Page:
BERGEN: Yeah. I mean, the Saudis were very helpful about that.

CONAN: Susan, thanks very much for the call.

SUSAN: Oh, thank you. Bye.

CONAN: And she raises a question about Saudi Arabia, the expulsion of Osama bin Laden's son-in-law from Iran to a place where he was then arrested in Turkey and could be extradited to the United States to face charges, well, he could be in prison for life, could even face the death penalty in court in New York City. But this is an expulsion from Iran. It raises questions about Iran's involvement with al-Qaida.

BERGEN: Yeah. Iran's involvement with al-Qaida, I mean, these would make strange bedfellows, because obviously, they have very different beliefs about Islam. But Iran has sort of been a passage enabler - perhaps is the best way of putting it - for members of al-Qaida who move there under some form of house arrest after the fall of Taliban in the early 2002 time period.

And a number of al-Qaida leaders - including this guy Sulaiman Abu Ghaith, who's now facing trial in Manhattan - were living in Iran. Bin Laden's family, a lot of them were living in Iran, and over time they've either left or been forced to leave. But some of them still remain there.

Why the Iranians have these folks is not exactly clear, but I think at one point, they may have regarded them as potential bargaining chips with the United States for some peace deal that clearly hasn't happened so far.

CONAN: And yet, again, there is a line of tension in Syria, where you have al-Qaida fighting against Iran, essentially.

BERGEN: Right, yes. It's quite ironic.

CONAN: Let's see if we can go next to Diane, if I can push the button properly. Diane's on the line with us from Norfolk, in Virginia.

DIANE: Thank you for taking my call. I just have a question, asking for a comment from Peter about what would be his prediction about how al-Qaida would potentially fill the gaps in Pakistan, Afghanistan and that region when we finally do pull out of that area in 2014.

CONAN: That's U.S. combat troops pulling out, not the U.S. entirely, but go ahead, Peter.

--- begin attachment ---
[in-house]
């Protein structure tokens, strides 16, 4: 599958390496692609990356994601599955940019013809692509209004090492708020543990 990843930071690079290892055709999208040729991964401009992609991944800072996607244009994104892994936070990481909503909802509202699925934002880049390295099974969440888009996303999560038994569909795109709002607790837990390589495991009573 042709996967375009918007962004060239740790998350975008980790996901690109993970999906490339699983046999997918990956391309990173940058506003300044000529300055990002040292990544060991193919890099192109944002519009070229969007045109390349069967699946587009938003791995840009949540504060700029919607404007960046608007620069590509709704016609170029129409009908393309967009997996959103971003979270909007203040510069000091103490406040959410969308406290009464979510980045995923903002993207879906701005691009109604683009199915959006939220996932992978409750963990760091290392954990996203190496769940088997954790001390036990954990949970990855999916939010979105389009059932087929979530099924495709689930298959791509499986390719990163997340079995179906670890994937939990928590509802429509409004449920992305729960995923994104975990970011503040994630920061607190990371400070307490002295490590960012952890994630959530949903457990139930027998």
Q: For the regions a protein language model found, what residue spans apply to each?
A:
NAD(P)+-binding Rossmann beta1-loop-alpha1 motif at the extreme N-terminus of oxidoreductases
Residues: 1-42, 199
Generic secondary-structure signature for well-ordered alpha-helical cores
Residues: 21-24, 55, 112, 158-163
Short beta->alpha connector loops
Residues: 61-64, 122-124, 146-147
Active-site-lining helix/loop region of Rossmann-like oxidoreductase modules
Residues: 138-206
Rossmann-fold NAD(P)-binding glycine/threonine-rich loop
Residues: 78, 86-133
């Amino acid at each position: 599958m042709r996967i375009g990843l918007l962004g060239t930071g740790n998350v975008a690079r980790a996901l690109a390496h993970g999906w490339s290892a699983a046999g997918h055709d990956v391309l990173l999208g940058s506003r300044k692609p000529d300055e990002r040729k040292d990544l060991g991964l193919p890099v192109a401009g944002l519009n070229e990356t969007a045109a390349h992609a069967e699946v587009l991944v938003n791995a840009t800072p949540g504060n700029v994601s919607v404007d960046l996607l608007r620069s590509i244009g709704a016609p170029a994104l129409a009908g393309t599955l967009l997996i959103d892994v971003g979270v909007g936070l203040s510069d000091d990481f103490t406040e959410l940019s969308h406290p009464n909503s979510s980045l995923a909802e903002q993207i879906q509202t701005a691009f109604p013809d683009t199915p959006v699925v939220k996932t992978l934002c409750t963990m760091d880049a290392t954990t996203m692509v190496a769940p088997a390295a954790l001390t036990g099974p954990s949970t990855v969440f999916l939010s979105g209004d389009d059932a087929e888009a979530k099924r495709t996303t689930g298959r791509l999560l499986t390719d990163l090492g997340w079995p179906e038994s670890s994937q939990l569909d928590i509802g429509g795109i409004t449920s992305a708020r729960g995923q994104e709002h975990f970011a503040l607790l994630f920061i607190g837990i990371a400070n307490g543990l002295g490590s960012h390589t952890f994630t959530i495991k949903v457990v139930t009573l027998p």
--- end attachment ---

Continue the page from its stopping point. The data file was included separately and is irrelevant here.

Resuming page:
BERGEN: Right. I mean, you know, we're going to retain some presence, and the number of soldiers who will still be in Afghanistan after 2014 is still being discussed. But - and it's not just us. It's our NATO allies. And, you know, so I don't see us sort of turning the lights off in Afghanistan. And in Afghanistan, al-Qaida and bin Laden are - you know, there's a very high degree of hostility, I think 90 percent, 95 percent unfavorable views of al-Qaida and bin Laden in Afghanistan.

So I don't see them filling the gaps while we're gone, except in very remote areas. In Pakistan, you know, groups that have an al-Qaida-like ideology have more of a purchase. It's a much bigger country. You're looking at 30 million people on one side of the border, and 180 million people in Pakistan.

And so, you know, it's - and these groups have, you know, they have resources, and they have an infrastructure. And so - and, you know, they're not going away. You know, I - so they will continue to have some kind of presence in Pakistan going forward.

That said, the Pakistani army has certainly, you know, mounted some pretty successful operations against the Pakistani Taliban, because it threatens the Pakistani state.

CONAN: Let's see if we can go next to - this is Mike, and Mike's on the line with us from Tulsa.

MIKE: Yes. My question is: Why weren't the Special Forces given permission to go into Tora Bora and kill Osama bin Laden? I saw on the Charlie Rose show the commander of the Special Forces there, and he said they were ready, willing and able, but could not get authorization from above.